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U.S. Health Care A Work In Progress

Financial Executive magazine...September 2009

By Stephen Barlas

As Congress prepares to duke it out when returning from recess on details of a U.S. health-care overhaul, the real winners — or losers — of this bout are those who will be obliged to pay for and receive the “transformed” services: businesses and individuals.

The health-care reform legislation snaking its way through Congress is not nearly as venomous as some in the corporate community initially worried it would be. In truth, it is not close to being “transformative,” in the sense that it makes major changes in the way health care is delivered and how costs are controlled. So existing corporate health insurance programs will stay in place, as is, for the most part, which is the good news, so it seems — for now.

But the bill might bite some small businesses. There is likely to be a requirement that businesses over a certain threshold size either provide insurance, or that all individuals whose companies don’t provide insurance purchase a policy — like automobile insurance is required — from state-based cooperatives, where private insurers will compete for these estimated 46 million new “customers,” said to be the uninsured.

In the latter instance, companies would subsidize the costs of some employees’ premiums. If a threshold is set for required company coverage, it will be above $500,000 a year in payroll, and probably higher. The House’s Affordable Health Choices Act, for example, requires employers above $500,000 that do not provide insurance to pay an 8 percent payroll tax.

These taxes would help fund the subsidies for employees and the unemployed who go to nonprofit state insurance cooperatives or health insurance exchanges to purchase individual policies.

If private plans offered in the states have to vie for this new lollapalooza of a market with a federal government plan(s), referred to as a “public option,” — where the federal government creates a government-run insurance option to compete with private plans in efforts to drive down costs to consumers — private insurers may end up shifting some of their costs to private employers.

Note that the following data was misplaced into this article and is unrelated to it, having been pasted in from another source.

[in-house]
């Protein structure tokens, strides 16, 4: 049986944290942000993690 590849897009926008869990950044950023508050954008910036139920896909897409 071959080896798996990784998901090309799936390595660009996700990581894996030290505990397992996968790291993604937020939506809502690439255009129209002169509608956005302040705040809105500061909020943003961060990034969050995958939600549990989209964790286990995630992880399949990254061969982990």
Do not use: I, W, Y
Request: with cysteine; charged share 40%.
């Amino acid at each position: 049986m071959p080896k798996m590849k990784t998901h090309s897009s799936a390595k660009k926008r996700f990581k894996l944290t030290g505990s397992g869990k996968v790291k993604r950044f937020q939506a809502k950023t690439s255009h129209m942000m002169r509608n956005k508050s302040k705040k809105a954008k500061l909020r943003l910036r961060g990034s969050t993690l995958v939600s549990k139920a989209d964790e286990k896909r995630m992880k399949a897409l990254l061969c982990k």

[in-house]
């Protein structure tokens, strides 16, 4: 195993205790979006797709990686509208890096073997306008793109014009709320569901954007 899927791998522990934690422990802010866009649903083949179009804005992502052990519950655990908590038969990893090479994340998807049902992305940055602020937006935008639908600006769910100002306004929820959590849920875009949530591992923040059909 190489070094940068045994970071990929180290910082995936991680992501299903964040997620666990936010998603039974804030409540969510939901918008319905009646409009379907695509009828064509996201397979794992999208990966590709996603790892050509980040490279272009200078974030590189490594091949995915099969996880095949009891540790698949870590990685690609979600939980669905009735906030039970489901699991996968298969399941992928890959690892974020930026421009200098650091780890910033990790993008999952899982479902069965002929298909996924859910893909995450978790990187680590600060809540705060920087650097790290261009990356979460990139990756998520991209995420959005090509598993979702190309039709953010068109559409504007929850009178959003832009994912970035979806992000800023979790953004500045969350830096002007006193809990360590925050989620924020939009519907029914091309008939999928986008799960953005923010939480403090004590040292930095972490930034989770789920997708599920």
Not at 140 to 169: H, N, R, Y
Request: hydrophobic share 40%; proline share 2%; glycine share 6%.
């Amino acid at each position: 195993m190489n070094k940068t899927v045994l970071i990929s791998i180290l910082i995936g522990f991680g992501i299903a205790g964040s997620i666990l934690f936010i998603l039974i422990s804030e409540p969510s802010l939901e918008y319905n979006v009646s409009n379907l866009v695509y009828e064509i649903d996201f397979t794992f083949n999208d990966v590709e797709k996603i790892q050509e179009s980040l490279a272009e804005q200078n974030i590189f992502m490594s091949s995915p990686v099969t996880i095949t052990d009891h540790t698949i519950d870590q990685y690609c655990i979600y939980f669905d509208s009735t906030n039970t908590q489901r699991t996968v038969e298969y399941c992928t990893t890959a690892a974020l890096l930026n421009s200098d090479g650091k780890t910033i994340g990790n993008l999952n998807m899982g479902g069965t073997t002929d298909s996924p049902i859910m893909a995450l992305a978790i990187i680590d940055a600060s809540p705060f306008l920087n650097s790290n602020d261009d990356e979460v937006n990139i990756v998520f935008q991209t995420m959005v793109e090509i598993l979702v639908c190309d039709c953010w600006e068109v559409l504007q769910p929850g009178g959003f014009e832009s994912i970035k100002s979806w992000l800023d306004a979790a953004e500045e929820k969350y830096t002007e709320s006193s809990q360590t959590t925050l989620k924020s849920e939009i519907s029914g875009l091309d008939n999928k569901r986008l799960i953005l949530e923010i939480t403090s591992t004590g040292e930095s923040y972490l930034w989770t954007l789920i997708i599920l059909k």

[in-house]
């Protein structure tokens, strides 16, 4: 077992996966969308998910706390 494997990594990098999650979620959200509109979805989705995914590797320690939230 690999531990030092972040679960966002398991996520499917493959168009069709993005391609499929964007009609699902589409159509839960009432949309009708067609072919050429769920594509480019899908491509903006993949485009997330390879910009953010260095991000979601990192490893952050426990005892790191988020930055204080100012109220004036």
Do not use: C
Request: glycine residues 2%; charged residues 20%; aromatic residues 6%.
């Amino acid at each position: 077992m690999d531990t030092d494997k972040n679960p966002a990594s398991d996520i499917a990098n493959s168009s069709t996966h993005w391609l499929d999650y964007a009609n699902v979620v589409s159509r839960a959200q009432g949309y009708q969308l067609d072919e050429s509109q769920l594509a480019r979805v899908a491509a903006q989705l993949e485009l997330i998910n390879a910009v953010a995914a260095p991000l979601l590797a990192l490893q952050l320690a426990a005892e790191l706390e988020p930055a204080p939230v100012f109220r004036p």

Yet some believe low, government-negotiated reimbursements will harm rural health-care providers and physicians would make up the gap in revenue by trying to negotiate higher reimbursements from private employers buying coverage from private plans.

As company premiums rise, younger, healthy employees could defect from reasonably good corporate plans to cheaper “public” plans.

That loss would be a double whammy on corporate costs.

The U.S. Chamber of Commerce Senior Manager of Health Policy James P. Gel-fand explains: “We especially don’t want younger, healthier employees to leave because that raises costs for everyone in the employer plan, and eventually you get to a death spiral and the plan ends.”

The big concern for employers — especially large companies that already provide good health benefits — is that insurers will take a loss on policies extended to the formerly uninsured and then try to make up that lost revenue by increasing premiums for employers. Following closely in second place is a concern that companies and their employees, either directly or indirectly, will have to pay the lion’s share of the $1 trillion bill that will come due after 10 years of coverage of the nearly 46 million so-called uninsured.

WHO to Tax

In terms of the 10-year costs and the revenue-raising options, the House bill has been much more problematic. The Congressional Budget Office estimated that the House plan could raise the U.S. deficit by $239 billion, which raised the ire of the 52 so-called “Blue Dog Democrats,” relative conservatives who initially blocked the House Energy and Commerce Committee from passing the bill that its chairman, Rep. Henry Waxman (D-Calif.), had labored over for months.The House had planned to finance the $1 trillion-plus expense by taxing high-income individuals, which would have brought in about $550 billion. The rest of the $1 trillion total would come from cuts to the Medicare and Medicaid programs.